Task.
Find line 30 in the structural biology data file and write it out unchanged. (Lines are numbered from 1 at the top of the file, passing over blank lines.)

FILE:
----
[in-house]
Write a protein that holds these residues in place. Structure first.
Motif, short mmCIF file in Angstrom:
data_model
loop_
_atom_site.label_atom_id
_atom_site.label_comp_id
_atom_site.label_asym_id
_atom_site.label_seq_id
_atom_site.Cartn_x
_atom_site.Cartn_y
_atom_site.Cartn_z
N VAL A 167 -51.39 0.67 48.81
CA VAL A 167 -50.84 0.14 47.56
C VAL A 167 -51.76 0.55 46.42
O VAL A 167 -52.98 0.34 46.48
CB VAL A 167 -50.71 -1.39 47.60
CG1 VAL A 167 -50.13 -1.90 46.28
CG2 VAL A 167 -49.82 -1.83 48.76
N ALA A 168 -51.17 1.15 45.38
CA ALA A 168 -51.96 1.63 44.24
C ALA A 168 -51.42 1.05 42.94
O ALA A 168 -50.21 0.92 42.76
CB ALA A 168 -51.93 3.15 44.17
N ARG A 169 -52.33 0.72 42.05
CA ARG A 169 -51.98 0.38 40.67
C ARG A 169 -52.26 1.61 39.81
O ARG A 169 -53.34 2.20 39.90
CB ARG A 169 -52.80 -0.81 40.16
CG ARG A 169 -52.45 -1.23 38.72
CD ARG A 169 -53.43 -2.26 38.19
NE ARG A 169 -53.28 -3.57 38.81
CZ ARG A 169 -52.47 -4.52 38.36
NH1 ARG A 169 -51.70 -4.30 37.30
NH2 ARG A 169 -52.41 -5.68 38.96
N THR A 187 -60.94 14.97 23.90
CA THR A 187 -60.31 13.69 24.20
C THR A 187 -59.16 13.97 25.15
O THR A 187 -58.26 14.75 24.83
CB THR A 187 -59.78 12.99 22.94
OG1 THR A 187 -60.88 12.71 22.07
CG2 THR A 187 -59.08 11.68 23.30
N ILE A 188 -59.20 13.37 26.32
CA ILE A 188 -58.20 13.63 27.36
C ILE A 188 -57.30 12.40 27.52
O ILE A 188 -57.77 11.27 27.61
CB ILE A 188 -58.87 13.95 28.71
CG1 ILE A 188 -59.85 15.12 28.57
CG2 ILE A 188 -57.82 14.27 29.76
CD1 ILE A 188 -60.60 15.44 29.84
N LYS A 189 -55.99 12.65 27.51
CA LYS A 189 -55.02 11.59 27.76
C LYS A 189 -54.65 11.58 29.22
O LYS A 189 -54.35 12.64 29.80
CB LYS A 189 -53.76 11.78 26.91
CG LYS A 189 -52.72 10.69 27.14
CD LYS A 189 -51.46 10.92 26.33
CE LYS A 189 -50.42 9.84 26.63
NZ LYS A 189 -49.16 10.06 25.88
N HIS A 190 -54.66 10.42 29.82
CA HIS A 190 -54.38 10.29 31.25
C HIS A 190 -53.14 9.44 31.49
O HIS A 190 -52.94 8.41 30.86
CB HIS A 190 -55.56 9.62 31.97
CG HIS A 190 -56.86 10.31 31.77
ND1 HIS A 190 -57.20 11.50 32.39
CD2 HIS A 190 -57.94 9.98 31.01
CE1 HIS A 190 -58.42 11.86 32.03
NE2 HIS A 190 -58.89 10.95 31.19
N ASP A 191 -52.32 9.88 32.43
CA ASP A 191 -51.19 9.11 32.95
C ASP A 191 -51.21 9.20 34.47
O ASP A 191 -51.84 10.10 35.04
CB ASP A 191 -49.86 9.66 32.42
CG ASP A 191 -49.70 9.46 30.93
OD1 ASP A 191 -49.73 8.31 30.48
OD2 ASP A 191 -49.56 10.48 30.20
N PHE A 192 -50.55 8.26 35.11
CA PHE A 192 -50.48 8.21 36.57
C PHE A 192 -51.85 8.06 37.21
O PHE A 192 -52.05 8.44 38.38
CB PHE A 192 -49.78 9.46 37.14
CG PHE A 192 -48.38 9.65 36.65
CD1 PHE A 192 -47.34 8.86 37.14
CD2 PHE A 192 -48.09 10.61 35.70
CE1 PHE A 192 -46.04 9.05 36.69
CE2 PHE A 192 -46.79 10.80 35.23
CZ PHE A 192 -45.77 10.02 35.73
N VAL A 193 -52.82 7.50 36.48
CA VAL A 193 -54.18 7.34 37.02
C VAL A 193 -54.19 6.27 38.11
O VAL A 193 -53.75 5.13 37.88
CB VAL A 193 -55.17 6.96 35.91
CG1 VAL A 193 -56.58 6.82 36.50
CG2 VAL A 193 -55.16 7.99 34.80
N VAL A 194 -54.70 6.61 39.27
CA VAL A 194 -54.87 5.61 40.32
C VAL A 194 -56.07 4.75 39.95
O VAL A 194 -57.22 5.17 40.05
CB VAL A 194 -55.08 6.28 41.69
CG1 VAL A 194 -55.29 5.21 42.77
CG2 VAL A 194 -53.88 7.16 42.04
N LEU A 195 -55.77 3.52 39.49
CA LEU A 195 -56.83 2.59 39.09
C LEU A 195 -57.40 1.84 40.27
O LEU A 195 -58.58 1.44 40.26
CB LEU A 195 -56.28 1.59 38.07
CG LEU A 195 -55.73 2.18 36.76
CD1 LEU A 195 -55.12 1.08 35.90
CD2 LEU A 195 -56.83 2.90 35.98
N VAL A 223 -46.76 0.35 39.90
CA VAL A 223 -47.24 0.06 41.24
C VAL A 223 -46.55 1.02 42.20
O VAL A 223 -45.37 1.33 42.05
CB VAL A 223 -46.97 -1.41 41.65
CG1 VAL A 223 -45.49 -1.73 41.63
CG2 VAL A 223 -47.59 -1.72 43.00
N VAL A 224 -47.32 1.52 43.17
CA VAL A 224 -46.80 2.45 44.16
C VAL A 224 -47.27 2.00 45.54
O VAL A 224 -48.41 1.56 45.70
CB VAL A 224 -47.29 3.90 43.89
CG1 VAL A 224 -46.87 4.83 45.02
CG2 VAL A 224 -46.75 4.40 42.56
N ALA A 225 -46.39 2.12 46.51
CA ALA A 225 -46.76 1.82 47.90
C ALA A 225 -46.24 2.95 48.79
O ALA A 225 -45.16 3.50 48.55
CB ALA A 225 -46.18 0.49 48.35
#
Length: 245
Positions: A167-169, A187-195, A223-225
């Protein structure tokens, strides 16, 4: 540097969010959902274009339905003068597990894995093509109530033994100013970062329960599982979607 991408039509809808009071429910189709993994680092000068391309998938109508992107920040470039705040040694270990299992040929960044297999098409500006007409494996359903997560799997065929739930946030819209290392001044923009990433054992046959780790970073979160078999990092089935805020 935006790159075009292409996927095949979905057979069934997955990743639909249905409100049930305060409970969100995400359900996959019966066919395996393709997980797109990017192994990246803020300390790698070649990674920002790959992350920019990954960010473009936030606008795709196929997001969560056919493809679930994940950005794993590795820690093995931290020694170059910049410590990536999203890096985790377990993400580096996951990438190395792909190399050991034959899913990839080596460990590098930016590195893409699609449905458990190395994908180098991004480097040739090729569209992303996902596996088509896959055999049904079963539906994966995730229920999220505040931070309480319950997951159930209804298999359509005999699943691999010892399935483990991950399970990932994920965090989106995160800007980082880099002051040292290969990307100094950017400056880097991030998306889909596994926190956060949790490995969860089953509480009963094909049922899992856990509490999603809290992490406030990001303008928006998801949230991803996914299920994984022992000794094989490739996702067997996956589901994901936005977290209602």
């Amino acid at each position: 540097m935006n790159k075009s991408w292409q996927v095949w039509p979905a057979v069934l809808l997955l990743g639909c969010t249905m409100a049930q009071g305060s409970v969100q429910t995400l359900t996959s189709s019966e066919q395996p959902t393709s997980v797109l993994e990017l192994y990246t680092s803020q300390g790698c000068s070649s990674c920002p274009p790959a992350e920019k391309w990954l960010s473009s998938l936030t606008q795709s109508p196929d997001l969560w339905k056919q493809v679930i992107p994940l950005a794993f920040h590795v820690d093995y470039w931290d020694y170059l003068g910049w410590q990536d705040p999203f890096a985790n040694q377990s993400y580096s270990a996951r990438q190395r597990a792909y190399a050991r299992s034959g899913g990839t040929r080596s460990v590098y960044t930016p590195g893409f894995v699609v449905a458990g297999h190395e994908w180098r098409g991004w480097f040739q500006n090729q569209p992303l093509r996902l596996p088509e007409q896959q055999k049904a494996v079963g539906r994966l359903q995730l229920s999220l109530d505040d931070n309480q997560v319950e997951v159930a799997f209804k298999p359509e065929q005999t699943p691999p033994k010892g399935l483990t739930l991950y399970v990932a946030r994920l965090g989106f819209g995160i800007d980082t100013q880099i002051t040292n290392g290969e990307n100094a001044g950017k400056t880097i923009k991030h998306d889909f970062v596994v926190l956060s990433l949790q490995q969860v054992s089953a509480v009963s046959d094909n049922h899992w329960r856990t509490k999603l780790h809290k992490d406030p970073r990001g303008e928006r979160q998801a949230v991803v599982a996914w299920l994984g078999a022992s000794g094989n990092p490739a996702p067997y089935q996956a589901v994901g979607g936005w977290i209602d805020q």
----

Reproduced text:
CG ARG A 169 -52.45 -1.23 38.72